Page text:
It’s been 35 years since I was an undergraduate at South Dakota State University in Brookings. I wrote about the 1978 and tractorcades to Washington, D.C., for The Collegian, the SDSU student newspaper. I was an agricultural journalist, and Editor Kevin Woster from the famed Woster journalism family in South Dakota was my boss. He created a position called “Earth Editor” for me.
About this time, Paul Middaugh was an SDSU professor who was helping farmers learn about producing on-farm ethanol from their corn that was worth about $1.30 per bushel at the time. Middaugh was a Boy Scout leader, and I was familiar with one of his older sons. In 1979 I started my first job at the Worthington Daily Globe. Farmers were in trouble and ethanol was one of their potential saviors. I covered the first wet milling plant at Marshall, Minn., and the Minnesota effort to get subsidize ethanol production and mandate its use at 10 percent in regular gasoline. “Gasahol,” they called it.
In 1983, I moved to The Forum of Fargo-Moorhead. The only ethanol in our part of the country at the time was the Dawn Enterprises plant at Walhalla, N.D., which originally was to make the stuff from barley, before they started shipping corn up there. There was the Al-Chem Ltd. plant at Grafton, N.D., eventually owned and later shut down by Harold Newman from Jamestown, N.D.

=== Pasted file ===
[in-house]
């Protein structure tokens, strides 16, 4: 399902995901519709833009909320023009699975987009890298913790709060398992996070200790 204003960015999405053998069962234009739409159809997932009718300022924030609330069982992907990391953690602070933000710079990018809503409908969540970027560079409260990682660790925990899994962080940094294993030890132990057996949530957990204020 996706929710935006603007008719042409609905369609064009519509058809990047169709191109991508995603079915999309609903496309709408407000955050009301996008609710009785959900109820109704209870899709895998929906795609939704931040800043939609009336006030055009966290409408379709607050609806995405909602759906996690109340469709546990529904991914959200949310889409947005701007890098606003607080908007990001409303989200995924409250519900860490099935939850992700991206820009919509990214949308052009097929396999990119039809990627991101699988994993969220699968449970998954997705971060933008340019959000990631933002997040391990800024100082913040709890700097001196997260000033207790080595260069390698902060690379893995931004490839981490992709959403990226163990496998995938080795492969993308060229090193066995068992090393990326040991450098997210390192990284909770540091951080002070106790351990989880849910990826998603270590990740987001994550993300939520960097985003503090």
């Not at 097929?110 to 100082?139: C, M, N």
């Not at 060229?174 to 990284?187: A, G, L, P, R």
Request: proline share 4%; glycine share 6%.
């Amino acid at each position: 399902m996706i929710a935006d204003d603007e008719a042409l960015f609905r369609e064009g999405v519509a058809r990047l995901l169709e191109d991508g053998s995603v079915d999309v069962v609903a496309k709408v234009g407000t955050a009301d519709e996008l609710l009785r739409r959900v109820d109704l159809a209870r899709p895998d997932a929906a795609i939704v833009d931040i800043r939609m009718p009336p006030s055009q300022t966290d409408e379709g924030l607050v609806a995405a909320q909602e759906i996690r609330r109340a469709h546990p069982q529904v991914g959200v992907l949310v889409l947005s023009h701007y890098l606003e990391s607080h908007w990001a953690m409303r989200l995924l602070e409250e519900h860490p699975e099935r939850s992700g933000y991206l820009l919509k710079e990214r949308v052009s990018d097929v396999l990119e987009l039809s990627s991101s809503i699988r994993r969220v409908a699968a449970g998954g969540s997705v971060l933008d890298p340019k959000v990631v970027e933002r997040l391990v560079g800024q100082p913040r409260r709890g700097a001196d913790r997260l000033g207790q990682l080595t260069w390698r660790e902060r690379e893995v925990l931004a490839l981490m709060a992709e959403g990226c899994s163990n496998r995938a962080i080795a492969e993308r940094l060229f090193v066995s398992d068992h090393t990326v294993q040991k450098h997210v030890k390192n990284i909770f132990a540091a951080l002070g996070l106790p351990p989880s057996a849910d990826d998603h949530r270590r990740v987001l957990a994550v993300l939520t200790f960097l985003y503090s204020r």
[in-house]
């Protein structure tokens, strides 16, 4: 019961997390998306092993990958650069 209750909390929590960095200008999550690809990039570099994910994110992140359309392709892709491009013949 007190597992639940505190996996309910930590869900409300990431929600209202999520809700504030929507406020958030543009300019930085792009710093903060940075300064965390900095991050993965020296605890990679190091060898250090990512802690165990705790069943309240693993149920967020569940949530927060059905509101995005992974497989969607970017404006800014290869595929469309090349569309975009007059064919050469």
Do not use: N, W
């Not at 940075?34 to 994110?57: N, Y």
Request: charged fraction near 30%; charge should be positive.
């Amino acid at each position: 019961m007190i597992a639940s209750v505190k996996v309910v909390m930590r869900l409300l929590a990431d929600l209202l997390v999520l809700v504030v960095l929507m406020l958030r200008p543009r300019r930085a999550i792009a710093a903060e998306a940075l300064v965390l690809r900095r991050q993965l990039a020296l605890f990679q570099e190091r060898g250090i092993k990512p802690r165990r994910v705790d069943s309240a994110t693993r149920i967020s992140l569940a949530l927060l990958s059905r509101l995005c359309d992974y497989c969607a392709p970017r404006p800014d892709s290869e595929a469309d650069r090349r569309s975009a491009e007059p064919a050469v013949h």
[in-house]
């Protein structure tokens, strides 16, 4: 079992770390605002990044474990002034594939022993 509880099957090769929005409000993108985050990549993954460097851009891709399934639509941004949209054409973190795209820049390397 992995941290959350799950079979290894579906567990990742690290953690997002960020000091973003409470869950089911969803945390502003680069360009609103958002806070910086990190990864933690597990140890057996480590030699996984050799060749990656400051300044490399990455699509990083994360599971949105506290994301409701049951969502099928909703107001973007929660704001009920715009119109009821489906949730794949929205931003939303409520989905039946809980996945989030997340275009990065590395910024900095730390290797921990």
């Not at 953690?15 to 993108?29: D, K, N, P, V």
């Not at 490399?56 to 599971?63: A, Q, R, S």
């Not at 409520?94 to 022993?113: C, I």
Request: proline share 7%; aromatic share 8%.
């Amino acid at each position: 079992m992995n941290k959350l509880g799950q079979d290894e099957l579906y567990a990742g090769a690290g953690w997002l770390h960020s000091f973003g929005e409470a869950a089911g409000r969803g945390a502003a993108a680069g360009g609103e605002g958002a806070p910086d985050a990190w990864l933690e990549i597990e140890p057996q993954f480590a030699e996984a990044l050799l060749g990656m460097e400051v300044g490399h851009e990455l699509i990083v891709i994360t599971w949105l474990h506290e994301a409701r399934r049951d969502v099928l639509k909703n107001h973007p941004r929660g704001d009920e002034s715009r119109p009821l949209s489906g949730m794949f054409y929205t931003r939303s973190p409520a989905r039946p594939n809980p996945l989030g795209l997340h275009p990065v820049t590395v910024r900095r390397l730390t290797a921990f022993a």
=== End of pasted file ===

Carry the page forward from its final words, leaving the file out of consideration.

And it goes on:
Meanwhile, in 1983, a youngster named Jeff Broin was growing up on a farm south of Minneapolis where his father dabbled in on-farm ethanol plants. In 1987, at age 22, Broinand his family had purchased a bankrupt ethanol plant at Scotland, S.D. Fast-forward 25 years. Broin has gone on to build a huge ethanol empire that’s touched farmers in North Dakota, South Dakota, Minnesota and several other states. Broin has done it all — envisioning, building, marketing, innovating, and reinventing an industry that has made a huge impact on agriculture in this region. After all of these years, I had never met Mr. Broin until Jan. 28, when I sat down with him at his impressive Poet LLC headquarters in Sioux Falls. It’s a sprawling affair that includes research facilities. As we took a “walk down Memory Lane,” as Broin put it, we realized we knew all of the same characters — guys like Middaugh and former legislator and Minnesota Agriculture Commissioner Jim Nichols, one of the key movers of Minnesota’s ethanol mandate. It occurred to me that this fellow who has hired a new CEO for Poet, LLC, was one of the pioneers in the flesh — a builder of an industry and still a young man. Broin noted that most of the players in the business were 20 years older than he, which puts them in their 70s or better. Broin already has done more in his young life than anyone I’ve ever met, and I’ve met a lot of people. He’s been a co-investor for the plants he’s helped build, so he’s had the same skin in the game as many of his farmer-investors. He’s avoided some of the pitfalls that have impacted some of his competitors and rivals. He could take his money and buy an island somewhere, I suppose, but that doesn’t seem to be in the picture. I am interested in motivations.If you look in the company literature, Broin hints at religious motivations and caring for his community that I find is a motivator for some of this region’s most effective leaders. You don’t have to be an ethanol believer to respect that. I surely do. Broin’s story was in the March 2, 2015, issue of Agweek magazine, and on Agweek TV. See them at agweek.com